One project that we are currently working on is the Shops on Steeles, a proposed mixed-use project in Markham at the North East corner of Don Mills and Steeles.
Shops on Steeles. Mixed Use Development. Steeles Avenue East & Don Mills Road, Markham, ON.
The property is right on the border of the town of Markham and the city of Toronto bordered by Don Mills Road, Steeles Avenue and Highway 404. The site is an underused commercial property like many others – with a retail mall and restaurant pads, surrounded by big parking lots.
The developer, Bayview Summit, would like to improve the mall and believes that they can justify these improvements by intensifying the use of land to create a bigger market that would shop there.
Our plan – which includes consolidating all the retail to create room for high density residential on the site achieves many objectives by enhancing the commercial floor area, adding population that will support the commercial activities, redefining the public realm with new street front buildings and uses, hiding the majority of parking in decks or below grade, providing an alternative and affordable housing to the neighbourhood, with the end result being a sustainable mixed-use precinct in an existing community that provides necessary intensification. High-rise, high-density wasn’t needed in the past, but now it is.
Shops on Steeles
It’s important, in my opinion, to redesign many of our suburban retail plazas so that space is maximized with residential buildings,engaging street fronts and green areas. This replaces the vast grey parking lots with lively, bustling communities.
Most people in downtown Toronto live in neighbourhoods that lie just behind retail areas, not directly on top of them. The idea with Shops on Steeles is to let people live in a residential community that has its own park, close enough so that they can walk over to the commercial area.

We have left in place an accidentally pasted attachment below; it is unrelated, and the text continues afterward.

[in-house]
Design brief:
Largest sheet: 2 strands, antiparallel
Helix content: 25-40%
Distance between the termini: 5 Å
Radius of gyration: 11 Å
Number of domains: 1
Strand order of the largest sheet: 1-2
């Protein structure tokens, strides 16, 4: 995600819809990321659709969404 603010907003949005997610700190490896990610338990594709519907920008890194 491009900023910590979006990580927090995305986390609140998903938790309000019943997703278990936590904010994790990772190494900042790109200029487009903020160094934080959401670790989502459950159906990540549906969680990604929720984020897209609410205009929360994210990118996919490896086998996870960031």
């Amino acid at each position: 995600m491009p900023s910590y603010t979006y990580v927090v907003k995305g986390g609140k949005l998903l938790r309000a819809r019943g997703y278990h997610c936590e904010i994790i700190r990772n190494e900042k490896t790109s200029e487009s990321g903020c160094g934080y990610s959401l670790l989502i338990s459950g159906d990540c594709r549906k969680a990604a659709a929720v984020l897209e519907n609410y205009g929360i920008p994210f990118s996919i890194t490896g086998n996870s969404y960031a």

Shops on Steeles
Planners tend to think of ‘mixed-use’ as a vertically stacked built form like our Hullmark Centre, where the residential sits directly on top of the commercial. But I’d say that our plan for Shops on Steeles is also mixed-use.
Shops on Steeles.
If we broaden our definition of what mixed-use means, we allow suburban areas to grow in diverse, organic ways and avoid repeating the same model on every block. Communities need diversity, just as they need intensification.
Shops on Steeles has been referred to the Ontario Municipal Board and will be heard in March. STAY TUNED.
Read more about mixed-use development at the website of the National Association of Homebuilders.
We are delighted to announce that our work on the Kilgour Residences has been awarded a Masonry Design Award from the Ontario Masonry Contractors’ Association.
The Kilgour Residence
We were very proud to win because we designed Kilgour to be a masonry product based on the neighbourhood in East York, where the predominant homes are red brick, in the Georgian style. These are units not for people who will re-sell, but for real people who want to live in the community, or maybe those who shift from older to newer homes in the area. They respond to a residential style that they are familiar with. This style fits in with East York’s residential architecture. It’s recognizable, identifiable and comfortable.
The Kilgour Residence
With such a high level of masonry detailing, our challenge was in finding talented masons. We needed to ensure that the contractors were properly trained, so through the Daniels Group, we ran a course on how to put masonry together. We set up a program and the masons went to school to ensure the high standard that the project required. For the course, the masons had to build examples of the details to prove that they would reach the right standard.
In the end, the building fit the neighbourhood and was extremely well received.
Our team included Daniels, Elio Dallas Construction Inc. and Sigmund Soudack & Associates Inc.
For more information on the Ontario Masonry Awards, visit their website.